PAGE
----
They hadn't started the free tech call-out yet, I remember the manual saying you would need to pay to have someone come out if that were the case. We actually have 8 conductor cable in the wall, so if I did need to connect a C wire, it wouldn't be a big deal. As to how we wound up with 8 conductor cable... the house was originally setup with a heat pump w/gas furnace backup, but the original owner of the house decided to rip out anything related to a heat pump and make the furnace the primary heat source. The original ac/heat pump was a massive clusterfuck of hosed wiring and hacks - the only thing they left inside it that was related to heat pump operation was the reversing valve (but cut the wires right at the valve). No idea why they did that, and I'd still like to kick their rear end for it.

Armacham posted:

I know my Rheem system's manual states that it is not compatible with "power stealing thermostats" and it was installed in 1998.

We have a York furnace from 1994 (original to the house), and a mid to late 00s Trane a/c. Manuals are long gone, but it's been working fine with the Nest for 3 years now. There's a little bit of a buzzing from the furnace now, but beyond that it hasn't protested. One of these years I'll probably go ahead and hook up a common wire.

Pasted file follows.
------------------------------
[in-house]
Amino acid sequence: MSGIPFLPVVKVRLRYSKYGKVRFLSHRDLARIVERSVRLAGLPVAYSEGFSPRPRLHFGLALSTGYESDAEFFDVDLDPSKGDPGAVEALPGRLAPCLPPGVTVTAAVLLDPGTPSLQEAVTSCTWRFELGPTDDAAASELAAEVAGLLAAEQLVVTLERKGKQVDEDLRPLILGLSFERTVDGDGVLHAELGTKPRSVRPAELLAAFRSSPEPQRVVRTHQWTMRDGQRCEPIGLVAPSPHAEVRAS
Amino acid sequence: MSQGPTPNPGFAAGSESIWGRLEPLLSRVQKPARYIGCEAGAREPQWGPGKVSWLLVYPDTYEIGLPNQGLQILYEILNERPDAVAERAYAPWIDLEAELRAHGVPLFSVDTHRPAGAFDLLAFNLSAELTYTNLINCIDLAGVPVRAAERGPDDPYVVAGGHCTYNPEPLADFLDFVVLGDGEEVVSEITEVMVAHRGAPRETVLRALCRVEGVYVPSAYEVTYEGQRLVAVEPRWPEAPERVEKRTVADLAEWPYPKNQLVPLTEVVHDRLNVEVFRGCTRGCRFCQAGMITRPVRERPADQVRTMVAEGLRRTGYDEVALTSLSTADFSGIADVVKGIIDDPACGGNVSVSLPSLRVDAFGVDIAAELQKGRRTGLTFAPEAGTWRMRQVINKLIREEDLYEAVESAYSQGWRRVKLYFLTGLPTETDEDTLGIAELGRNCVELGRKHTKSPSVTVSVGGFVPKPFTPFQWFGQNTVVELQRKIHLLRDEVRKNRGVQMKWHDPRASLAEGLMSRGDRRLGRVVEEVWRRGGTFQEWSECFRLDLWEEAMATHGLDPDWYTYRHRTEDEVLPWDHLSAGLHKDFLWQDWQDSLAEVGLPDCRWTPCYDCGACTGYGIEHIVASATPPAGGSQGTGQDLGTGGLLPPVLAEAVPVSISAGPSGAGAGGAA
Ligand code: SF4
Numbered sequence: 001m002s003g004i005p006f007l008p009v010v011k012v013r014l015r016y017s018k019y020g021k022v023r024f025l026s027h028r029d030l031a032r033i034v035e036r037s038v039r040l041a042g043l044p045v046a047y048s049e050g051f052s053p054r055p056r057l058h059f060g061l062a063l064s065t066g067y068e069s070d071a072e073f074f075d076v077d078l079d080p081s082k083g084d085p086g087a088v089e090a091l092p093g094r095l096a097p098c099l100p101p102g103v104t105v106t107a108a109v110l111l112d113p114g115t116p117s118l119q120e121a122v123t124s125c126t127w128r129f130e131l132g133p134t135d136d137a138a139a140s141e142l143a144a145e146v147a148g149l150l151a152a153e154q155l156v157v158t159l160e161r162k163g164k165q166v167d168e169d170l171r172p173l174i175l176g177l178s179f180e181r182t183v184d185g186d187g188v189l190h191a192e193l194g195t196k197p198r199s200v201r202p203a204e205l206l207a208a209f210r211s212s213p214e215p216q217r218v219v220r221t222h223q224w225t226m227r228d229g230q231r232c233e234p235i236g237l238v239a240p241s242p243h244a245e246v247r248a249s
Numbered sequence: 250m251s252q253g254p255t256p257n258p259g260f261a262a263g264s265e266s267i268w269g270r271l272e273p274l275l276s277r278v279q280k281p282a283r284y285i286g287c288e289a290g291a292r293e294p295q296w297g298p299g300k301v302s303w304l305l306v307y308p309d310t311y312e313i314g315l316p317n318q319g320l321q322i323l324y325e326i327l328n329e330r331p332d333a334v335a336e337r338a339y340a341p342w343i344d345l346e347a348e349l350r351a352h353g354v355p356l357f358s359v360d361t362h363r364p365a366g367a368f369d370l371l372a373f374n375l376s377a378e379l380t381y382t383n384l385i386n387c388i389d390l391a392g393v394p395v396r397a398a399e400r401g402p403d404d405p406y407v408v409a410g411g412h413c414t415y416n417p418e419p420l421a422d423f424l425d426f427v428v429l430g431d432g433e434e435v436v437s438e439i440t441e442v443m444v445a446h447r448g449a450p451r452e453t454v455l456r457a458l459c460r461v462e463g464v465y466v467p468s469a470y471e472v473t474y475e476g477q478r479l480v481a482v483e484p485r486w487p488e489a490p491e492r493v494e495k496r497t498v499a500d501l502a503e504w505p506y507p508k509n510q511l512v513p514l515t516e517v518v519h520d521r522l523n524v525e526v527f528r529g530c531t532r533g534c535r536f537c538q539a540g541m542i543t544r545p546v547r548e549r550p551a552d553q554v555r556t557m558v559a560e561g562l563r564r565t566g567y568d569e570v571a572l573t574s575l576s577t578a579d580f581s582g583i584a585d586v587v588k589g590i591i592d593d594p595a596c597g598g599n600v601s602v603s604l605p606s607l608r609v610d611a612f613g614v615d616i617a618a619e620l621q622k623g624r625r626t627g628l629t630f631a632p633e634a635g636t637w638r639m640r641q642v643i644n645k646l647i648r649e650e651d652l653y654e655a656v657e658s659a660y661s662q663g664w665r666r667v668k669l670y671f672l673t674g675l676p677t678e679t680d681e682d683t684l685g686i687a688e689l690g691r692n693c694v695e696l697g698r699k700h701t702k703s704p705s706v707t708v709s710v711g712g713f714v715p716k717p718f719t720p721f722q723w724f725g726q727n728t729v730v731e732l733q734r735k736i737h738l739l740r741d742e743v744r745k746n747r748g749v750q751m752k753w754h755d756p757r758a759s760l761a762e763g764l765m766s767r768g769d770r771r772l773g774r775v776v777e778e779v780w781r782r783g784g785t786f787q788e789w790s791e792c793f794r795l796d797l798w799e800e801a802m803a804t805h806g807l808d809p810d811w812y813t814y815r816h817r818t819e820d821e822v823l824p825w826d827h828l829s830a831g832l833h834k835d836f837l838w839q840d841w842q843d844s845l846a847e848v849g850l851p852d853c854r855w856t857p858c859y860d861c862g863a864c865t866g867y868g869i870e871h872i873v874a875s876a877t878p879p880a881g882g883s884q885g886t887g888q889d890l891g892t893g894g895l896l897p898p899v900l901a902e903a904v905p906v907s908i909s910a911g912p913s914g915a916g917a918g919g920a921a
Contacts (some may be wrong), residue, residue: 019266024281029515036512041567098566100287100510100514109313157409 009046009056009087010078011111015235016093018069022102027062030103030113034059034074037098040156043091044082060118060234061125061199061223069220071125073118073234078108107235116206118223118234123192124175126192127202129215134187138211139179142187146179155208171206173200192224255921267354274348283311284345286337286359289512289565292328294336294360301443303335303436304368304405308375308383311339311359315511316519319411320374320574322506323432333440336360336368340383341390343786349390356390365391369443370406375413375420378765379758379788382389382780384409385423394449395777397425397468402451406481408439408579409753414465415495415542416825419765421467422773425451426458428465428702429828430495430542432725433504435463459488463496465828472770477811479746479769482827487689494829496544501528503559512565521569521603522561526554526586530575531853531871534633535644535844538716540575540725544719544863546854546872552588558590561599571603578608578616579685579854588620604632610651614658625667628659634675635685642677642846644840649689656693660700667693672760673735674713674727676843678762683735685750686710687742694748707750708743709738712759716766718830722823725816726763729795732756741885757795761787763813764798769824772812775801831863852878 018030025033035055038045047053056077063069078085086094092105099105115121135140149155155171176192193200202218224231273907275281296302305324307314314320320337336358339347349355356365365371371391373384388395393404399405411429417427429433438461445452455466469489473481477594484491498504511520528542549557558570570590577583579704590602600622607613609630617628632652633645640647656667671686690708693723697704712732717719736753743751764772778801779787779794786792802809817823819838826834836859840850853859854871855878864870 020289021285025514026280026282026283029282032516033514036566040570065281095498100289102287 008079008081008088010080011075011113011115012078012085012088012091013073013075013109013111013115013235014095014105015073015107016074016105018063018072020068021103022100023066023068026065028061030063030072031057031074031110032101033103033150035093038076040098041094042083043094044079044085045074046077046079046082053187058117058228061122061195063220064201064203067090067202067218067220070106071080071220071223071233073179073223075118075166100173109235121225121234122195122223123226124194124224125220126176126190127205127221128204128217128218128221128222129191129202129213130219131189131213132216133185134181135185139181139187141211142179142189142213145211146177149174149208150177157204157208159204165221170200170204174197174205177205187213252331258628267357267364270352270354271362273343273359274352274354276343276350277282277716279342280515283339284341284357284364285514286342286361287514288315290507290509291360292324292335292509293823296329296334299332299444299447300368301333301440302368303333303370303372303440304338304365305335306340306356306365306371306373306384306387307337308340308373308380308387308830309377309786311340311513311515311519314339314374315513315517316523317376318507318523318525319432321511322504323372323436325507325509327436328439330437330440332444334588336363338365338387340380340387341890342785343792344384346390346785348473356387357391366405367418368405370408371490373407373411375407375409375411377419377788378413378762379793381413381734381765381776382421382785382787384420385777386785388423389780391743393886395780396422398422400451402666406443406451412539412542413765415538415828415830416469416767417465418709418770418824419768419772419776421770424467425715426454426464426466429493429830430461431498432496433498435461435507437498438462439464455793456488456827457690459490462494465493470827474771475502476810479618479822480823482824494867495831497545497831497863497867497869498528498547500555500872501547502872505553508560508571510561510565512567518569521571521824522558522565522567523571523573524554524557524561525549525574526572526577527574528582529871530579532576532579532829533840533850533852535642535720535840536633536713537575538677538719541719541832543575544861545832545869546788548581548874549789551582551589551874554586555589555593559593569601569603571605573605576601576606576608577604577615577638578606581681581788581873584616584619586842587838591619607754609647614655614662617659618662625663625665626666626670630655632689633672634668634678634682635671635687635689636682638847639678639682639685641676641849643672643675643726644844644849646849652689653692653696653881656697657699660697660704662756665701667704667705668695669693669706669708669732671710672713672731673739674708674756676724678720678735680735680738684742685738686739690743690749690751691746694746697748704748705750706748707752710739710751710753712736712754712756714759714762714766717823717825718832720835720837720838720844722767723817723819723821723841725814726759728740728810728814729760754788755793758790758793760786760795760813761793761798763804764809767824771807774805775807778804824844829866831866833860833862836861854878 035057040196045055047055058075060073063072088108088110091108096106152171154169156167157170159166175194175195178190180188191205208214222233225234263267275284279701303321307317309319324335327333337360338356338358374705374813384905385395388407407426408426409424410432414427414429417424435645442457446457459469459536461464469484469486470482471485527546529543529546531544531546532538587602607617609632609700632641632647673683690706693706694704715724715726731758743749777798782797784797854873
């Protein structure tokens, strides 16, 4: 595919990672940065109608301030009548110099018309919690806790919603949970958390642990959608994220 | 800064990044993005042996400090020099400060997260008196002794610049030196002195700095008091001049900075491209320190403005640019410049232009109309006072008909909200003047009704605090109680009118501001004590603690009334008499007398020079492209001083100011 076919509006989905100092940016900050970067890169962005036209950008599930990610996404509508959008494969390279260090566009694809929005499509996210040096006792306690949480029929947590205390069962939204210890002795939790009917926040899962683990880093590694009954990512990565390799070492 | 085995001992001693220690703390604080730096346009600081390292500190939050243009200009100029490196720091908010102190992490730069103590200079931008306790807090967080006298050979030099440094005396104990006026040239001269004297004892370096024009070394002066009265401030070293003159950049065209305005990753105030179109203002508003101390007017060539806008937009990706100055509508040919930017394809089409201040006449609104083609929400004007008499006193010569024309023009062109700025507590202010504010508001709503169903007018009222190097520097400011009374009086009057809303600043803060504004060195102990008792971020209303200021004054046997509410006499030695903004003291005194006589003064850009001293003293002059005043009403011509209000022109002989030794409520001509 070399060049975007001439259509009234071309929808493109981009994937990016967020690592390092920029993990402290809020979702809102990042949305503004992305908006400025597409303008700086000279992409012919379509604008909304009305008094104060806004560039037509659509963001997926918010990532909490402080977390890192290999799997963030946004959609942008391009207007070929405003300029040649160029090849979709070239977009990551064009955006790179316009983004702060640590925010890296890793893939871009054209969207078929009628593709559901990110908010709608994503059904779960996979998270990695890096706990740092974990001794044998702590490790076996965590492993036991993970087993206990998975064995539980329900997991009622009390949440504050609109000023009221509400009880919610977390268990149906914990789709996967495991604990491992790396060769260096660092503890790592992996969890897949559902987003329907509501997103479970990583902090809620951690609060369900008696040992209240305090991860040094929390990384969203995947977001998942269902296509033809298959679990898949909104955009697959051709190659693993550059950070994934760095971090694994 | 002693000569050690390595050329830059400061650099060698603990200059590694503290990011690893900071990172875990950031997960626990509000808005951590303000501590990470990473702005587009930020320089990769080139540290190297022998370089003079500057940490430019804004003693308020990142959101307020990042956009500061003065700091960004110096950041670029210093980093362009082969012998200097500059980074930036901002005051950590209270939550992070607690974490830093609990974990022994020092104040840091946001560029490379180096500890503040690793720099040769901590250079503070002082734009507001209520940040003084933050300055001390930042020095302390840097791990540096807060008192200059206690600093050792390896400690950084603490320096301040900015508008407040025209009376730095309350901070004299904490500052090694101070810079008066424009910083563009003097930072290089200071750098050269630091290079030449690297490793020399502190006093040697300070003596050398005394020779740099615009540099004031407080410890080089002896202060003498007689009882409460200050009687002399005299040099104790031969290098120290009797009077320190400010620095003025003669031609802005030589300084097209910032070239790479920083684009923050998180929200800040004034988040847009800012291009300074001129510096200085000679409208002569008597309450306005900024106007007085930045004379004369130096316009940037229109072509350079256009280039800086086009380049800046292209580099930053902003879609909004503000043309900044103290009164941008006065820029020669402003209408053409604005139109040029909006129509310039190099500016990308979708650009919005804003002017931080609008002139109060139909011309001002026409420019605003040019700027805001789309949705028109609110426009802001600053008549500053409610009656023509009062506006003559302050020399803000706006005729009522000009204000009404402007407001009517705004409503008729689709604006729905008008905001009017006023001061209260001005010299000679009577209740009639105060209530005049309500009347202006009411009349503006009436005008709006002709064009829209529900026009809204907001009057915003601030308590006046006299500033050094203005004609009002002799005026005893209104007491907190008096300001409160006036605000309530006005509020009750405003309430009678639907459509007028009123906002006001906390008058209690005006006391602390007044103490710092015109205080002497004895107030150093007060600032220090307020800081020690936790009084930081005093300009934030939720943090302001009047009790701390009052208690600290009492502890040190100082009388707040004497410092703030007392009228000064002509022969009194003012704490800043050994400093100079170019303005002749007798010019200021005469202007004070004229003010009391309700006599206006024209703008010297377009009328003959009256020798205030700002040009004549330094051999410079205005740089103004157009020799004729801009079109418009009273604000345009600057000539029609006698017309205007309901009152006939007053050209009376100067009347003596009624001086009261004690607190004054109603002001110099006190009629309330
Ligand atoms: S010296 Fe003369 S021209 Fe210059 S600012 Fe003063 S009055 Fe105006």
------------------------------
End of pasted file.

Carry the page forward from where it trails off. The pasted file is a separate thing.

STR fucked around with this message at 08:02 on Apr 14, 2016

angryrobots
Mar 31, 2005



Oven Wrangler

I'm surprised to see as many HVAC knowledgeable persons in here using a nest tstat at their home.

I get the advantage for the "set it and let it work" ability to get some efficiency/comfort for the average homeowner.... Is there some other advantage it has over my 7-day programmed tstat? I know it has an occupancy sensor, but rarely do I want it to run outside of normal schedule based on occupancy.

literally a fish
Oct 2, 2014

German officer Johannes Bolter peeks out the hatch of his Tiger I heavy tank during a quiet moment before the Battle of Kursk - c:1943 (colorized)


Slippery Tilde

It looks up the weather forecast and will run the heat or AC in advance of the weather cooling down / heating up so that you don't have to go manually turn it on, blah blah... I don't actually use one myself (still not available in Australia) so someone like STR should be along shortly with some more info

Motronic
Nov 6, 2009


MOTRONIC FOR MODERATOR, MAKE AI GREAT AGAIN


Grimey Drawer

angryrobots posted:

I know it has an occupancy sensor, but rarely do I want it to run outside of normal schedule based on occupancy.

That was exactly it for me. It's in my home office (in an outbuilding) not my home.

I also like that I can turn the "away mode" off from my phone when it freaking cold outside before I take a shower and walk out to the office while also having a min/max threshold (always running computers in there, so I'd like to keep it below 90, paint in the cabinets so also above freezing).